Friday, March 13, 2015

Scratch Scratch Scratch: Work of the Hand

I've been playing around with my writing method.

Until recently my writing practice has really been typing practice. A bit of hand sketching here and there, but almost exclusively I typed my stories into Scrivener from first drafts to last. I love Scrivener. I often have something of a mathematical formula for my stories (not the same formula, but each story has it's own pattern of interwoven POV, narrative, poetry hoo-ha) and Scrivener works well for the formalism I like to play with. So, again, I love Scrivener.

What I don't love is staring at a screen for so much of my day. And so I've been thinking about what it means to expand out beyond typing.

One help has been Jeff Vandermeer's Illustrated Guide to Creating Imaginative Fiction, Wonderbook. A great title, extremely evocative and inspiring illustrations, so much advice that I feel like I'm missing huge chunks of it. And so I'm reading very slowly and playing around with his advice.

One piece of advice I've tried for a couple of months now is to use notecards to create story. Notecards are low tech, you can have them everywhere, you can jot down ideas and later arrange them to your liking. It makes a lot of sense, but it just doesn't seem to completely work for me. While I like the portability of the notecard, I seem to always want to get more written on them than I have space for. I do still have them around my haunts (work desk, dining room table, backpack...) for when inspiration hits. And they have been really helpful for not losing ideas. In past, I would have an idea and work on imprinting it in my brain until I was confident I'd be able to recall it later when I had a chance to write it down, especially when if felt like such a freakishly cool idea....and then poof! there it went, sucked out of my head and on to the great idea miasma in the skies. So, thumbs up for adding in a bit of notecard scrawling.

Trying out notecards evolved into wondering more about the value of handwriting story. I loved Mark's recent blog about reading your work aloud; I very, very often do that and I think it has helped my writing have the right cadence. Reading out loud also gets more of the body involved in the writing; the breath, the throat, the tongue. For someone who thinks and writes a lot about body, that's a gift; I'm always looking for ways to integrate the mind and body more fully. And handwriting, too, seems to do that integration work as well.

Two events got me really thinking a lot about handwriting. I heard about some research concerning the value of handwriting in making neural connections in the brain, just as a friend sent me a blurb about a recent Lynda Barry book, Syllabus, in which she offers up her handwritten lessons from her writing workshops.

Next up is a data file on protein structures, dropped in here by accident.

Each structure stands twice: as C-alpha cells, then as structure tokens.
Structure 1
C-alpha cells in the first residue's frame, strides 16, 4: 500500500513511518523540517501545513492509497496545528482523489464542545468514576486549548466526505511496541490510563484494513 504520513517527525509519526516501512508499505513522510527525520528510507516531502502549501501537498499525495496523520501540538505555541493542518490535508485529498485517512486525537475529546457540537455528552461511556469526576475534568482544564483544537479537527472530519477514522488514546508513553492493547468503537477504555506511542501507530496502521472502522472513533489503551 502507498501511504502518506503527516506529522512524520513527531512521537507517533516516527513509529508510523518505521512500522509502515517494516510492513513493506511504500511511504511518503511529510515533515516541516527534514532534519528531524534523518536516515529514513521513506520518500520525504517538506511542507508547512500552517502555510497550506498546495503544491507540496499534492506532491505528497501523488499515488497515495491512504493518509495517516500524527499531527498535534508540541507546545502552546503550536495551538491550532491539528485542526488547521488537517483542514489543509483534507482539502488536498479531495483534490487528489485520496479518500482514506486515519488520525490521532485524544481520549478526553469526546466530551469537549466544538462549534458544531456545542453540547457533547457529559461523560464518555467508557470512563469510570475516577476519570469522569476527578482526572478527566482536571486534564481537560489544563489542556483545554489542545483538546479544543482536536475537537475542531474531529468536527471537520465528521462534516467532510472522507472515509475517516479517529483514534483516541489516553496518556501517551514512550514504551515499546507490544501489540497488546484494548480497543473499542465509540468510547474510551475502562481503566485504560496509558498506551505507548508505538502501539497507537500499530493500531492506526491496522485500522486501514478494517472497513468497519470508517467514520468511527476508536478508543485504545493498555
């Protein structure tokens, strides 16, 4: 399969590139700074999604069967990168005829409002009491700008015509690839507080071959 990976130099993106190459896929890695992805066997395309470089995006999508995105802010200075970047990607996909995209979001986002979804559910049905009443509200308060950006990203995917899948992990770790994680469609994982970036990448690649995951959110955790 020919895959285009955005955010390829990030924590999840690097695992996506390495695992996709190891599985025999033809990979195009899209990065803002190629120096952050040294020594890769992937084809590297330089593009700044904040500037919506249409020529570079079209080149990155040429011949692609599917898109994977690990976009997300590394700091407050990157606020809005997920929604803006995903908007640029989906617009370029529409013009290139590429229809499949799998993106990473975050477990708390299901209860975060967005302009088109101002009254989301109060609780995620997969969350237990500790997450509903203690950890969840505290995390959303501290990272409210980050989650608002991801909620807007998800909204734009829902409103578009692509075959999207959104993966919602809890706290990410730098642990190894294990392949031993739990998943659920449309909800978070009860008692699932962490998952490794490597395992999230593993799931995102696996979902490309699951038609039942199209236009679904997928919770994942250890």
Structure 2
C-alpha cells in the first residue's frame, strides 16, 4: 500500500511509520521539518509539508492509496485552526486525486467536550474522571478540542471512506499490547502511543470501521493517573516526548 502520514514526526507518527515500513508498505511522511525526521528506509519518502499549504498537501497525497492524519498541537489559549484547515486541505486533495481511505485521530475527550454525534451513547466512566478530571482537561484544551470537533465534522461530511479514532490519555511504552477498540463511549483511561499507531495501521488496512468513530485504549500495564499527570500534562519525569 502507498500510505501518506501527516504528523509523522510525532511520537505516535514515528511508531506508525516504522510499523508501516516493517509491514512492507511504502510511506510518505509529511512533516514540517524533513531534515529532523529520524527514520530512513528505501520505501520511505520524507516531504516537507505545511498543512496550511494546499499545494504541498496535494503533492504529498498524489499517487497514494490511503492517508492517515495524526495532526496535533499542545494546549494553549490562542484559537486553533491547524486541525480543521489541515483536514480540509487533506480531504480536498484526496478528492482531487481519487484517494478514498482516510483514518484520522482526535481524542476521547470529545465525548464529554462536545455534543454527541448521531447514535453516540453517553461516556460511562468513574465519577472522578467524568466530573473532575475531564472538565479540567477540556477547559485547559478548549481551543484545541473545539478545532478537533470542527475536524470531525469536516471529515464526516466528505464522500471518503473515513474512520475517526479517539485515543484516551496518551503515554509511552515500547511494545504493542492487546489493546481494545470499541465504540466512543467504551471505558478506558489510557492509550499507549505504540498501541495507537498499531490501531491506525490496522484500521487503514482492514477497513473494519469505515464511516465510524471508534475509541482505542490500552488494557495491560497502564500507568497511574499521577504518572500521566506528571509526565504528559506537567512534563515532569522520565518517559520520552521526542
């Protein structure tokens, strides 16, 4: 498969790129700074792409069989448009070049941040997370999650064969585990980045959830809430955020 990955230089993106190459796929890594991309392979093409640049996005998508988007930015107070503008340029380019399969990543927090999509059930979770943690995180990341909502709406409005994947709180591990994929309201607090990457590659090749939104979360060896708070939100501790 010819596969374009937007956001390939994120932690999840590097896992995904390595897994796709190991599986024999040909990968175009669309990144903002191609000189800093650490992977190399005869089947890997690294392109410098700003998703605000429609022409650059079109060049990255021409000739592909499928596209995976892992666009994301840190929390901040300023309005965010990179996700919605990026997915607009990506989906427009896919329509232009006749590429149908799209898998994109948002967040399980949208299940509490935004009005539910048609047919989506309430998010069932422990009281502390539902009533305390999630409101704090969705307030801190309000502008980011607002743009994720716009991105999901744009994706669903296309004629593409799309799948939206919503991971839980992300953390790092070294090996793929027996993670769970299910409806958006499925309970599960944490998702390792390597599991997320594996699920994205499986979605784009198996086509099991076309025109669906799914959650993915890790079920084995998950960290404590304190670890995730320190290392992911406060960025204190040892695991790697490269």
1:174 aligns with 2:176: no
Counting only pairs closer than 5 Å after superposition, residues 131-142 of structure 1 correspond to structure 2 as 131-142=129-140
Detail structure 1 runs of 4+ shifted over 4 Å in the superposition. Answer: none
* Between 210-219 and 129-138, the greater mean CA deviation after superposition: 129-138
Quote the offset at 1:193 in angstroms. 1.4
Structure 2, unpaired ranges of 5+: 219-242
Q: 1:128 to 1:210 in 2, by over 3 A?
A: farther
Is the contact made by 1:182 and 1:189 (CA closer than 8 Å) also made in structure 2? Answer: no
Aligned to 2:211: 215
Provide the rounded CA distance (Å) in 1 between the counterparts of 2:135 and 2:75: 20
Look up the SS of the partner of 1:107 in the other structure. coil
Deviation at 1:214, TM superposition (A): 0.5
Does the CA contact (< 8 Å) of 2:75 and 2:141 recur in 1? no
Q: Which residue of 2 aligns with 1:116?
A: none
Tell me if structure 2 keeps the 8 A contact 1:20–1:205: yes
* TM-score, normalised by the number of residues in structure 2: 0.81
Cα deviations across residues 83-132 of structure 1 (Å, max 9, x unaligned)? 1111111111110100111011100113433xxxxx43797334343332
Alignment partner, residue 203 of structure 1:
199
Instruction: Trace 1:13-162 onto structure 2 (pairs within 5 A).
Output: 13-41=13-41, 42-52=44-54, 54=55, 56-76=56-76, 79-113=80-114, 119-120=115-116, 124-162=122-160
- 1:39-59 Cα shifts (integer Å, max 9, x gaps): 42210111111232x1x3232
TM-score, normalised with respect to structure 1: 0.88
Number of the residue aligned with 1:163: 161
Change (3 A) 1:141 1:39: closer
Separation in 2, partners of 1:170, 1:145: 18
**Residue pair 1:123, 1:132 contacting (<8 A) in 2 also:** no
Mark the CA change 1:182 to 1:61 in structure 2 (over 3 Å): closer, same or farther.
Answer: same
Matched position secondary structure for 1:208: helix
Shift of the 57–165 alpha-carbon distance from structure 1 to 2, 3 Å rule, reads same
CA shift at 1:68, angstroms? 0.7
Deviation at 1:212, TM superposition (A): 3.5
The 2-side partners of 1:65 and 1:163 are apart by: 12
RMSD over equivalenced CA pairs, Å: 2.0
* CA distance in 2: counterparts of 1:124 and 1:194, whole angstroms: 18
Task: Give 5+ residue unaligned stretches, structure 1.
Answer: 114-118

First the research, as summarized from The New York Times article: "When the children composed text by hand, they not only consistently produced more words more quickly than they did on a keyboard, but expressed more ideas." Now I'm a wicked fast typer, so I'm not sure whether or not I produce more words handwriting or typing, but that last part of the quote, about producing more ideas while handwriting, that gets my attention because I want my writing to be full of ideas. For me one of the joys of writing is to really explore ideas, even to come to them through the act of writing.

Now, Lynda Barry. Cartoonist, Novelist, Artist, Teacher. I love Lynda Barry. I once lived in a co-op house we called Marlys House after a favorite of Lynda Barry's characters. She is one of the reasons I am proud to be a human, that our species has produced this woman. Please if you have not read anything by her, do yourself a favor. Cruddy. One! Hundred! Demons! What It Is. Etc. Etc.

Lynda Barry is big on handwriting. Or better yet, she is big on playing with different ways of drawing words in order to get to your story. She is big on slowing down. She is big on using the hand. I love what she has to say about the creative connections between story and art. She didn't type her novel, Cruddy. She didn't write it with pencil and paper. She painted it. She used a paintbrush on legal paper. That's how she got her ideas down on paper. And it's a stunner. Read her thoughts about the process here.

My son goes to a Montessori school and every day they get to draw, but his teacher calls it "Work of the Hand." I love that phrase.

And I've been trying to do more of it. Practicing the work of the hand.

And it seems to be helping me re-invision what I have in the past thought of as my incredibly slow coming-to-new-story-ideas process. I now think I maybe just didn't have the right process for generating ideas. Instead I might all along have just needed to put a pen, pencil, (paintbrush?) in my hand and let that hand start to scrawl and scratch and those dark lines would be just the opening for ideas to seep and flow. Because that's exactly what they're doing, those ideas: seeping, flowing. Like a tight, selfish fist has relaxed, opened up and what wonders are written there on the palm.

I'm gonna try it some more, this old-style technology, this fancy handwriting. See where it might take me.

Next up ~ Shhhhh: the Role of Quiet.


Qlaudie said...

Fantastic, Lisa. This is a terrific idea. I always used to swear by writing by hand. Maybe it's time to jump back in.
Also, notecards were very effective for me, for outlining my novel. I occasionally jot ideas in a teeny tiny notebook I carry around.

Mark Teats said...

Nice post, Lisa.
I have the "WonderBook" too... haven't gotten too far into it yet--but I love the creative approach.